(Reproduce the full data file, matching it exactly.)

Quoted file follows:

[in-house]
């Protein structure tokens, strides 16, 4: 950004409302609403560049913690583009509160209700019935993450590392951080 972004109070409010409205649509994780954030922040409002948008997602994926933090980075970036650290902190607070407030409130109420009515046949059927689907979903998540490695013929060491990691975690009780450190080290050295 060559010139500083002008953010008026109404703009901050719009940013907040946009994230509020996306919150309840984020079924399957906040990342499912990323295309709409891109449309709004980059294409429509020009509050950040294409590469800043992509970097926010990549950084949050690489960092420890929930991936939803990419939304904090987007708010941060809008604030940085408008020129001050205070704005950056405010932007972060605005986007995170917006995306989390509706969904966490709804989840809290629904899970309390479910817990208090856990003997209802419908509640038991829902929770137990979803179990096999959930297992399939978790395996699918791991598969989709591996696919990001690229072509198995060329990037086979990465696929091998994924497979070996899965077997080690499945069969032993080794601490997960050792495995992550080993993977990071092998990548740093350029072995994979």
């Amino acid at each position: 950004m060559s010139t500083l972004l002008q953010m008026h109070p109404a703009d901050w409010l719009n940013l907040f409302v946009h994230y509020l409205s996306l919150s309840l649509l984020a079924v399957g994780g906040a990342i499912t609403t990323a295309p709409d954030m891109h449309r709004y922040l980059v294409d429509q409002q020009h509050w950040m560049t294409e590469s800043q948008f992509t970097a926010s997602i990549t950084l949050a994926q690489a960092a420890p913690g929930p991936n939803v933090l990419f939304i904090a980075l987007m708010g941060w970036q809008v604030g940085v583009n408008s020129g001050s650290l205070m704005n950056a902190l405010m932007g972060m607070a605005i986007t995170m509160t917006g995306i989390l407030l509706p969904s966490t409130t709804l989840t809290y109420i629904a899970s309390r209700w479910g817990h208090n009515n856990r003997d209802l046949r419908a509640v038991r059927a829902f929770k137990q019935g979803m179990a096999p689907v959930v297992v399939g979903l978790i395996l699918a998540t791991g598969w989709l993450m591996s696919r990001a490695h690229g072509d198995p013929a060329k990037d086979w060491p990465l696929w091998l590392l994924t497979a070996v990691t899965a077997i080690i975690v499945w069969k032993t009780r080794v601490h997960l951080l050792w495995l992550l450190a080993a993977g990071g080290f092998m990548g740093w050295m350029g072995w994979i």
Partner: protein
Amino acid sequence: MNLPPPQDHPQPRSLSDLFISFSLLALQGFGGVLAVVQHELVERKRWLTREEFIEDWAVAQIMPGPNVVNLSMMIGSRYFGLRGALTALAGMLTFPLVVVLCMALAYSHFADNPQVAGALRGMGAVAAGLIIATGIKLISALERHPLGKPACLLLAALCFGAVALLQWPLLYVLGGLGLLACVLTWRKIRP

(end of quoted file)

[in-house]
């Protein structure tokens, strides 16, 4: 950004409302609403560049913690583009509160209700019935993450590392951080 972004109070409010409205649509994780954030922040409002948008997602994926933090980075970036650290902190607070407030409130109420009515046949059927689907979903998540490695013929060491990691975690009780450190080290050295 060559010139500083002008953010008026109404703009901050719009940013907040946009994230509020996306919150309840984020079924399957906040990342499912990323295309709409891109449309709004980059294409429509020009509050950040294409590469800043992509970097926010990549950084949050690489960092420890929930991936939803990419939304904090987007708010941060809008604030940085408008020129001050205070704005950056405010932007972060605005986007995170917006995306989390509706969904966490709804989840809290629904899970309390479910817990208090856990003997209802419908509640038991829902929770137990979803179990096999959930297992399939978790395996699918791991598969989709591996696919990001690229072509198995060329990037086979990465696929091998994924497979070996899965077997080690499945069969032993080794601490997960050792495995992550080993993977990071092998990548740093350029072995994979």
């Amino acid at each position: 950004m060559s010139t500083l972004l002008q953010m008026h109070p109404a703009d901050w409010l719009n940013l907040f409302v946009h994230y509020l409205s996306l919150s309840l649509l984020a079924v399957g994780g906040a990342i499912t609403t990323a295309p709409d954030m891109h449309r709004y922040l980059v294409d429509q409002q020009h509050w950040m560049t294409e590469s800043q948008f992509t970097a926010s997602i990549t950084l949050a994926q690489a960092a420890p913690g929930p991936n939803v933090l990419f939304i904090a980075l987007m708010g941060w970036q809008v604030g940085v583009n408008s020129g001050s650290l205070m704005n950056a902190l405010m932007g972060m607070a605005i986007t995170m509160t917006g995306i989390l407030l509706p969904s966490t409130t709804l989840t809290y109420i629904a899970s309390r209700w479910g817990h208090n009515n856990r003997d209802l046949r419908a509640v038991r059927a829902f929770k137990q019935g979803m179990a096999p689907v959930v297992v399939g979903l978790i395996l699918a998540t791991g598969w989709l993450m591996s696919r990001a490695h690229g072509d198995p013929a060329k990037d086979w060491p990465l696929w091998l590392l994924t497979a070996v990691t899965a077997i080690i975690v499945w069969k032993t009780r080794v601490h997960l951080l050792w495995l992550l450190a080993a993977g990071g080290f092998m990548g740093w050295m350029g072995w994979i």
Partner: protein
Amino acid sequence: MNLPPPQDHPQPRSLSDLFISFSLLALQGFGGVLAVVQHELVERKRWLTREEFIEDWAVAQIMPGPNVVNLSMMIGSRYFGLRGALTALAGMLTFPLVVVLCMALAYSHFADNPQVAGALRGMGAVAAGLIIATGIKLISALERHPLGKPACLLLAALCFGAVALLQWPLLYVLGGLGLLACVLTWRKIRP